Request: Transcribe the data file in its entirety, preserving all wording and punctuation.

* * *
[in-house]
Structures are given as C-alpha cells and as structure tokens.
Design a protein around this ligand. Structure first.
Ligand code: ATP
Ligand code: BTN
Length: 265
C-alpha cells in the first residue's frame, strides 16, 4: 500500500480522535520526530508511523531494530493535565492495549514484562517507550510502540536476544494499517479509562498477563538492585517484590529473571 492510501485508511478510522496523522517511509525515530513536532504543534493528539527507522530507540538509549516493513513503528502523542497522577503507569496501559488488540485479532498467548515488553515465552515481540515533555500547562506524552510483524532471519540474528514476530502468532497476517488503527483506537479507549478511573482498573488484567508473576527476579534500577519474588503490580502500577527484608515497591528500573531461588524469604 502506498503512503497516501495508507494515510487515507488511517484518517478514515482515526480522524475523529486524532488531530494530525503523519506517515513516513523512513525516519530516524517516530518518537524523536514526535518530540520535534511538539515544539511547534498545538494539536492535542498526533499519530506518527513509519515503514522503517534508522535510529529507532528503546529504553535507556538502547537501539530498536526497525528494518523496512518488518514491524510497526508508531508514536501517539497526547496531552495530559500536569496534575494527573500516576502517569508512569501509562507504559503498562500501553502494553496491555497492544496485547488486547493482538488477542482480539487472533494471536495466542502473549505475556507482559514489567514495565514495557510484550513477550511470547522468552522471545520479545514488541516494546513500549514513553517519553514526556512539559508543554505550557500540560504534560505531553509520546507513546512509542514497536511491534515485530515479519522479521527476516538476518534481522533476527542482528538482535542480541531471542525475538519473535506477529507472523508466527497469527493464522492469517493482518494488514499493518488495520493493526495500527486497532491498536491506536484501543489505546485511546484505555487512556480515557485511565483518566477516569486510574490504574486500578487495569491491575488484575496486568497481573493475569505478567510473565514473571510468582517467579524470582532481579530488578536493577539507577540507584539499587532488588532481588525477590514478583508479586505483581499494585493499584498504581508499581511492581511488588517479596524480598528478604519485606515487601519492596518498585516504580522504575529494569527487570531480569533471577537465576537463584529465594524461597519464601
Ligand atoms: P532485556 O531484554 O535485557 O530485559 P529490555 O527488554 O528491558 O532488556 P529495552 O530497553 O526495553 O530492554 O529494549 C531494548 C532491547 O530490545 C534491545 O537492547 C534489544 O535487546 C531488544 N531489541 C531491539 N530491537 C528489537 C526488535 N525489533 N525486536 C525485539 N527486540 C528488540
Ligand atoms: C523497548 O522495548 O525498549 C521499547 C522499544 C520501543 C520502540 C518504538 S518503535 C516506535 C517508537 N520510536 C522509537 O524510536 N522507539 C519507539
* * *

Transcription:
[in-house]
Structures are given as C-alpha cells and as structure tokens.
Design a protein around this ligand. Structure first.
Ligand code: ATP
Ligand code: BTN
Length: 265
C-alpha cells in the first residue's frame, strides 16, 4: 500500500480522535520526530508511523531494530493535565492495549514484562517507550510502540536476544494499517479509562498477563538492585517484590529473571 492510501485508511478510522496523522517511509525515530513536532504543534493528539527507522530507540538509549516493513513503528502523542497522577503507569496501559488488540485479532498467548515488553515465552515481540515533555500547562506524552510483524532471519540474528514476530502468532497476517488503527483506537479507549478511573482498573488484567508473576527476579534500577519474588503490580502500577527484608515497591528500573531461588524469604 502506498503512503497516501495508507494515510487515507488511517484518517478514515482515526480522524475523529486524532488531530494530525503523519506517515513516513523512513525516519530516524517516530518518537524523536514526535518530540520535534511538539515544539511547534498545538494539536492535542498526533499519530506518527513509519515503514522503517534508522535510529529507532528503546529504553535507556538502547537501539530498536526497525528494518523496512518488518514491524510497526508508531508514536501517539497526547496531552495530559500536569496534575494527573500516576502517569508512569501509562507504559503498562500501553502494553496491555497492544496485547488486547493482538488477542482480539487472533494471536495466542502473549505475556507482559514489567514495565514495557510484550513477550511470547522468552522471545520479545514488541516494546513500549514513553517519553514526556512539559508543554505550557500540560504534560505531553509520546507513546512509542514497536511491534515485530515479519522479521527476516538476518534481522533476527542482528538482535542480541531471542525475538519473535506477529507472523508466527497469527493464522492469517493482518494488514499493518488495520493493526495500527486497532491498536491506536484501543489505546485511546484505555487512556480515557485511565483518566477516569486510574490504574486500578487495569491491575488484575496486568497481573493475569505478567510473565514473571510468582517467579524470582532481579530488578536493577539507577540507584539499587532488588532481588525477590514478583508479586505483581499494585493499584498504581508499581511492581511488588517479596524480598528478604519485606515487601519492596518498585516504580522504575529494569527487570531480569533471577537465576537463584529465594524461597519464601
Ligand atoms: P532485556 O531484554 O535485557 O530485559 P529490555 O527488554 O528491558 O532488556 P529495552 O530497553 O526495553 O530492554 O529494549 C531494548 C532491547 O530490545 C534491545 O537492547 C534489544 O535487546 C531488544 N531489541 C531491539 N530491537 C528489537 C526488535 N525489533 N525486536 C525485539 N527486540 C528488540
Ligand atoms: C523497548 O522495548 O525498549 C521499547 C522499544 C520501543 C520502540 C518504538 S518503535 C516506535 C517508537 N520510536 C522509537 O524510536 N522507539 C519507539